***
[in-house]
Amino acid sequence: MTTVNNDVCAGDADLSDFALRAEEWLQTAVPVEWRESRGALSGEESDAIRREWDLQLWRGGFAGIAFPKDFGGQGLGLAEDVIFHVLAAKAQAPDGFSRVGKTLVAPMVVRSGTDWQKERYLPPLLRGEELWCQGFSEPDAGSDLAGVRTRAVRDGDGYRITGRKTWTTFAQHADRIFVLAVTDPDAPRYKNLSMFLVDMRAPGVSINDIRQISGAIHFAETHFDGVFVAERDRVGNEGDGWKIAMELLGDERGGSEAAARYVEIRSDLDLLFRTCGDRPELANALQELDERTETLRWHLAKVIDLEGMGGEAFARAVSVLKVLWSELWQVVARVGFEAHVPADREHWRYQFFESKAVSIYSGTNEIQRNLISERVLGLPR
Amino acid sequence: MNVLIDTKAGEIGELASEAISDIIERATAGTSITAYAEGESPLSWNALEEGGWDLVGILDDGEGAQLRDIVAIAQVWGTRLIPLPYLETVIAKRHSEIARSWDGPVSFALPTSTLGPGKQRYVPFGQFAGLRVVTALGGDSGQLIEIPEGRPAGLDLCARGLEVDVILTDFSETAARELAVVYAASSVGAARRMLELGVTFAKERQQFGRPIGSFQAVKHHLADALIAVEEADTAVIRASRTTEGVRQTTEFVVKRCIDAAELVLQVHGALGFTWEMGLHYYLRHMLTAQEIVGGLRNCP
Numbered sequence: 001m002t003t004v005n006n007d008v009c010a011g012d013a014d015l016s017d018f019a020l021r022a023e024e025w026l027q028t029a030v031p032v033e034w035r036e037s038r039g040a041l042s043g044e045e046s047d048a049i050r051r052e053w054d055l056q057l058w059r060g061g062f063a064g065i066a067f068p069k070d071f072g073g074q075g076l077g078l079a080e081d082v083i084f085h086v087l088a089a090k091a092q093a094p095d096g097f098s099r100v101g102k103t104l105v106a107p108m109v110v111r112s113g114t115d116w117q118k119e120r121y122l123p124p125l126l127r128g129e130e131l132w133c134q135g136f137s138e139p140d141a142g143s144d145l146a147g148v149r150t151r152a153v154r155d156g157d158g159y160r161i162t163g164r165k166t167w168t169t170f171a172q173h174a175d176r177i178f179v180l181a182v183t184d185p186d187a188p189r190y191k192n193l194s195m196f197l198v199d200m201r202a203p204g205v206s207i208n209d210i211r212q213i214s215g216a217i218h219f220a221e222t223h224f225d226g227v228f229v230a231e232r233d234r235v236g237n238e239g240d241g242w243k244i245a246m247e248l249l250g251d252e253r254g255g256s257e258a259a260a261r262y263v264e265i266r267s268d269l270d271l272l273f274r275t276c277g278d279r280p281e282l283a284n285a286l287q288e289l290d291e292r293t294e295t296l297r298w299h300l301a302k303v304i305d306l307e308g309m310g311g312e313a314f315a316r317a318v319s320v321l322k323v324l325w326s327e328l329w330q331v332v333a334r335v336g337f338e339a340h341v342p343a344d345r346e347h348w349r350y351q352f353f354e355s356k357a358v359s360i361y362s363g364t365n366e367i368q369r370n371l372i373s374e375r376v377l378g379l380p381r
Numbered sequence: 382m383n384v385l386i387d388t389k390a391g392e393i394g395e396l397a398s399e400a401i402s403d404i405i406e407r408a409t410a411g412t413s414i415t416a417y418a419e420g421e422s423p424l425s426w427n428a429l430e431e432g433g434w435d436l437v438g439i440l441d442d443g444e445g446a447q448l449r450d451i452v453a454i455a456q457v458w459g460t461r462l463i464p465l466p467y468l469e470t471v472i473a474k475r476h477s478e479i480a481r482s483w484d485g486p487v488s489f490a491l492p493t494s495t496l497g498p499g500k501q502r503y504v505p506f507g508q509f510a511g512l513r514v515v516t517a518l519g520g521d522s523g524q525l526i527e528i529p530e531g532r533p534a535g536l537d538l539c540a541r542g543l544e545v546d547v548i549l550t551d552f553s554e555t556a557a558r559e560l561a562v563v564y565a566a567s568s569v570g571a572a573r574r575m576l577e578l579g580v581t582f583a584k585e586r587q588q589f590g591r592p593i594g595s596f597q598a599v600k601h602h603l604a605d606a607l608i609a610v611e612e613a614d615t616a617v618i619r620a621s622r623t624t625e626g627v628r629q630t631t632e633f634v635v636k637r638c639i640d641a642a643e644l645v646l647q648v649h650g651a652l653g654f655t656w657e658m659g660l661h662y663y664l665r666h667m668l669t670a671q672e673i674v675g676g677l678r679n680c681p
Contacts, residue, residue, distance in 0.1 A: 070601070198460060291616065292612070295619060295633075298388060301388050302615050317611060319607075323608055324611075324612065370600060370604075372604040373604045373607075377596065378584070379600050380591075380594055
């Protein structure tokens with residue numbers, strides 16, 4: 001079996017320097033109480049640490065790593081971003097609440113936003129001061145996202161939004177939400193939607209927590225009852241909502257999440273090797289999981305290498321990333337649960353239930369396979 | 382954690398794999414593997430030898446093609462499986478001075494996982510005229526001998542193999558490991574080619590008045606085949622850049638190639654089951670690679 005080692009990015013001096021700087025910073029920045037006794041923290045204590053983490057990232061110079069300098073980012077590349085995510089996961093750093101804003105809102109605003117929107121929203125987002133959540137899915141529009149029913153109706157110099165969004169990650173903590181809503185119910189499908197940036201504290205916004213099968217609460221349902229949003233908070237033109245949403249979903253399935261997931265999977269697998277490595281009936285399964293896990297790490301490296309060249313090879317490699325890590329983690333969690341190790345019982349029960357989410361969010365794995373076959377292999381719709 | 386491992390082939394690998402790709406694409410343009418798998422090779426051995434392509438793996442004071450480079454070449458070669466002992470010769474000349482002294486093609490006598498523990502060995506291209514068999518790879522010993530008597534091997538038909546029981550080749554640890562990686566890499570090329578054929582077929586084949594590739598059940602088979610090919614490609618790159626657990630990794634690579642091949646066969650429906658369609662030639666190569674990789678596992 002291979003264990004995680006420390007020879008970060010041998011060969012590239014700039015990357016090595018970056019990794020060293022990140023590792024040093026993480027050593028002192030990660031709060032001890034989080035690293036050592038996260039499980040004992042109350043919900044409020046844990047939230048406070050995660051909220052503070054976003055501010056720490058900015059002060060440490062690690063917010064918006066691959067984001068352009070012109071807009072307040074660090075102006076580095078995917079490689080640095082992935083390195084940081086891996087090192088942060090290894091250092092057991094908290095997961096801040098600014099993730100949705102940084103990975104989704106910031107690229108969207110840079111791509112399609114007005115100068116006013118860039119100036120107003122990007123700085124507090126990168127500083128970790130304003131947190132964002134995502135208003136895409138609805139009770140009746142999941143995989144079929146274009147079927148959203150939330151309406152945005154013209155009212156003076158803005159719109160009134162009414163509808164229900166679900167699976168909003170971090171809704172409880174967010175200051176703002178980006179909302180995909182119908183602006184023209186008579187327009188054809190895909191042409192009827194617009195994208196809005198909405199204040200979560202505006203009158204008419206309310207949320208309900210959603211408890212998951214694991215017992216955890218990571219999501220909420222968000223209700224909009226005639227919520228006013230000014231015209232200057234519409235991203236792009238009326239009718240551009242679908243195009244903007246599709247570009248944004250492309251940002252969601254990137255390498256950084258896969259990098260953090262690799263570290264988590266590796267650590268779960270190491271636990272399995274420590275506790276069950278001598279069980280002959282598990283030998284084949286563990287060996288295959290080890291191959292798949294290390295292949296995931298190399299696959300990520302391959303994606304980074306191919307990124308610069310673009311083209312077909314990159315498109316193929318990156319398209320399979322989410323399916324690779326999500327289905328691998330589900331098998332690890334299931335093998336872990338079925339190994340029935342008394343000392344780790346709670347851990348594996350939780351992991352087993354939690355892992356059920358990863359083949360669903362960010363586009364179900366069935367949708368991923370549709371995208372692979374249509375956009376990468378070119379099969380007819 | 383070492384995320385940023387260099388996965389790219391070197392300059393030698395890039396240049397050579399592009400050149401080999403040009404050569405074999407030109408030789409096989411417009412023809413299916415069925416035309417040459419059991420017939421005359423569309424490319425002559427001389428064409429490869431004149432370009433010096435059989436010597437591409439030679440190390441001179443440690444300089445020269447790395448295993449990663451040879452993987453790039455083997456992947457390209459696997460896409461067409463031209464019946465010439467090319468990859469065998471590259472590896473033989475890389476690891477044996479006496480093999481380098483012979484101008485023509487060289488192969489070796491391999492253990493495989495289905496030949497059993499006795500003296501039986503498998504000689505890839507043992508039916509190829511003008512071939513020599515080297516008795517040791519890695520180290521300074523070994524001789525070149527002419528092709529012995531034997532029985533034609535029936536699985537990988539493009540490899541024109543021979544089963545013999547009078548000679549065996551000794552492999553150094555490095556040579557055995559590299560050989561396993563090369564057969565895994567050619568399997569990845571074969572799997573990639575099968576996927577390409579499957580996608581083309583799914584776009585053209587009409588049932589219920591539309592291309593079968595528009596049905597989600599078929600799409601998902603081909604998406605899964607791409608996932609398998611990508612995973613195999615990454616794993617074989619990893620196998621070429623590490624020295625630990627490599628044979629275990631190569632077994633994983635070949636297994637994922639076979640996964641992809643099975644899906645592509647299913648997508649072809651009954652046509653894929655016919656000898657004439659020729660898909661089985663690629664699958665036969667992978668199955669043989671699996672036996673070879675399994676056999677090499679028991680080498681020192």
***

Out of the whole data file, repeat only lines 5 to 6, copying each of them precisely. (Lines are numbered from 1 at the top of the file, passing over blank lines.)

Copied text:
Numbered sequence: 382m383n384v385l386i387d388t389k390a391g392e393i394g395e396l397a398s399e400a401i402s403d404i405i406e407r408a409t410a411g412t413s414i415t416a417y418a419e420g421e422s423p424l425s426w427n428a429l430e431e432g433g434w435d436l437v438g439i440l441d442d443g444e445g446a447q448l449r450d451i452v453a454i455a456q457v458w459g460t461r462l463i464p465l466p467y468l469e470t471v472i473a474k475r476h477s478e479i480a481r482s483w484d485g486p487v488s489f490a491l492p493t494s495t496l497g498p499g500k501q502r503y504v505p506f507g508q509f510a511g512l513r514v515v516t517a518l519g520g521d522s523g524q525l526i527e528i529p530e531g532r533p534a535g536l537d538l539c540a541r542g543l544e545v546d547v548i549l550t551d552f553s554e555t556a557a558r559e560l561a562v563v564y565a566a567s568s569v570g571a572a573r574r575m576l577e578l579g580v581t582f583a584k585e586r587q588q589f590g591r592p593i594g595s596f597q598a599v600k601h602h603l604a605d606a607l608i609a610v611e612e613a614d615t616a617v618i619r620a621s622r623t624t625e626g627v628r629q630t631t632e633f634v635v636k637r638c639i640d641a642a643e644l645v646l647q648v649h650g651a652l653g654f655t656w657e658m659g660l661h662y663y664l665r666h667m668l669t670a671q672e673i674v675g676g677l678r679n680c681p
Contacts, residue, residue, distance in 0.1 A: 070601070198460060291616065292612070295619060295633075298388060301388050302615050317611060319607075323608055324611075324612065370600060370604075372604040373604045373607075377596065378584070379600050380591075380594055